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I called up PRO CIRCUIT today and they told me for a stock 2005 R use the following:

MAIN: 162

PILOT: 42

NEEDLE: NCYR 3rd from top

FUEL SCREW: 2 turns out

LEAK JET: 55

What does everybody think about this?

Where do you live and what altitude?

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I took PCs advice and did their jetting specs exactly. The bike rips. I have a Ti-4 slip on. At first I did everything but the leak and it ran OK. Then I switched t the 55 and it ran even better. I think PC knows a thing or two. Just do their specs, you'll be pleased.

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I live on the east coast. Connecticut. I am probably just a hair over sea level. I told them I had the stock pipe ( furnace)on. Stock main is 72 and honda gave me a 75. I thought 62 sounded lean too. The bike backfires now and bogs a bit. Does the jetting change if you remove the backfire screen. Do I need it. It bends easily.

Thanks for all your help guys!!! :cry:

Hey Throttlejockey, where are you? I am in Oxford. Where do you ride?

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I removed the backfire screen (bent a few metal tabs and retained the plastic frame). The bike has A LOT more bottom end. I'm going to try a richer main jet next weekend. I think that removing backfire screen leaned out the carb and I can probably obtain even greater results by going richer.

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crf250x 1994 at 4,000 feet, and I'm still trying to de-bug the jetting. I just put a 125 main, 3 clicks from the top on the needle, 1 1/4 out on the fuel screw and I just ordered a #42 pilot and hoping it will work. Where is the pilot located? Is it under the main? What's the best way to get to it? Is there any special tools needed?

Hey thanks for anyones assistance and heck once it works we will have a setting for 4,000 feet.

If someone has figured this one out...share...share...share

Thanks...Bogger

Ok, I just moved the needle up second from the end and it's running much better, the fuel screw is out 3.25 turns, but I think the 42 pilot is still in order...it should be here today...I might have to go up to a 128 main.

Well I installing the 42 pilot wasn't that bad and no you don't have to take off the bowl, which I did anyway. I went up to a 135 main, 42 pilot, second from the bottom on the needle, and 3 turns out on the fuel screw. The front end is now coming up in second gear like it should. I still have just alittle hesitation just after idel when you hit it hard. I probably need to try a 138 or a 140 main which I have to buy tomorrow. Man I'm going to have a full collection of main jets. If anyone has any suggestions let me know.

Thanks again...soon not to be BOGGER.

I got it....with the above setting and a 152 main...it's like right on....no wonder everyone is having valve problems, the heat generated with lean setting has to be weighing heavy on the valves. I can't believe Honda hasn't done anything about it. Good Luck....Jim

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CRF250X 49 State

4500 Elevation Northern CA (Bought in RENO, NV)

Thumper Racing 270 BIG bore kit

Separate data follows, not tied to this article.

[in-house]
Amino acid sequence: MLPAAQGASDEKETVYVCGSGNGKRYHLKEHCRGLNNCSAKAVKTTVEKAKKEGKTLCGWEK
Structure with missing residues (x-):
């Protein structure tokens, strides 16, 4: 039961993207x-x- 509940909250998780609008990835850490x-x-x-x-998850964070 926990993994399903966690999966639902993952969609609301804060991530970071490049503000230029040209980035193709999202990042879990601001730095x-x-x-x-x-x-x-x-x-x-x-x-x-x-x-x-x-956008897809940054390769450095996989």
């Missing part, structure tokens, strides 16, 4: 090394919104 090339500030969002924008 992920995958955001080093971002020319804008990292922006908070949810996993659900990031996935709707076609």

Power NOW Plus Kit

R CAM

R Header

Air Box mod

Twin Air Filter and cage

Muffler Cork removed

Pink Wire

165 Main

145 Pilot

R Needle top postion

#70 Jet Leak

When it hits the cam, HANG ON! BUT, some what disappointed in the low end. May go back to stock cam and header. Maybe HOT CAMS will come out with something better :cry:

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Does the pilot jet control low end response?

What is the function of the leak jet?

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quick question a friend of mine has a 140 main and a 42 pliot and I want to go with the same but only could find a 45 pliot and 140 main in town how much will this change from his also what is a leak jet?? Thanks for the help

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First, the bottom end means the throttle closed. Not the speed of the bike or the RPMs of the engine. If you lug up a hill at low RPM but full throttle, it is not the bottom end for jetting descriptions. The throttle closed to 1/8 throttle position is controlled primarily by the pilot circuit. The pilot circuit is the pilot jet and fine tuned (after selecting the right pilot jet) by the fuel screw (aka pilot screw) in the bottom front outside of the carb.

For completeness, the midrange (throttle from 1/8 or so to just over 1/2 open) is controlled primarily by the needle taper and clip position. The full throttle or Wide Open Throttle (WOT) is controlled primarily by the main jet. For nitpickers, the throttle slide cutout is also a big factor in the throttle nearly closed position.

This is how I envision it, smarter people may clarify this, but with the throttle closed, there is high intake manifold vacuum in the front (cylinder side) of the carb. This is because the cylinder trys to suck in air and the carb slide is mostly closed. The pilot circuit is in the front of the carb, you'll see this because the fuel screw and pilot jet are toward the front and when you clean the carb, squirting carb clearner in either comes out in front of the slide. So when the manifold vacuum is high (higher the more closed the throttle), the manifold vacuum pulls fuel up the pilot circuit and feeds the engine. As the throttle opens, the manifold vacuum drops and the pilot circuit supplies less fuel. In fact, as the throttle opens, two factors make the pilot circuit less of a factor, the manifold vacuum drops and the fuel coming through the main jet is very large compared to the fuel the pilot circuit flows.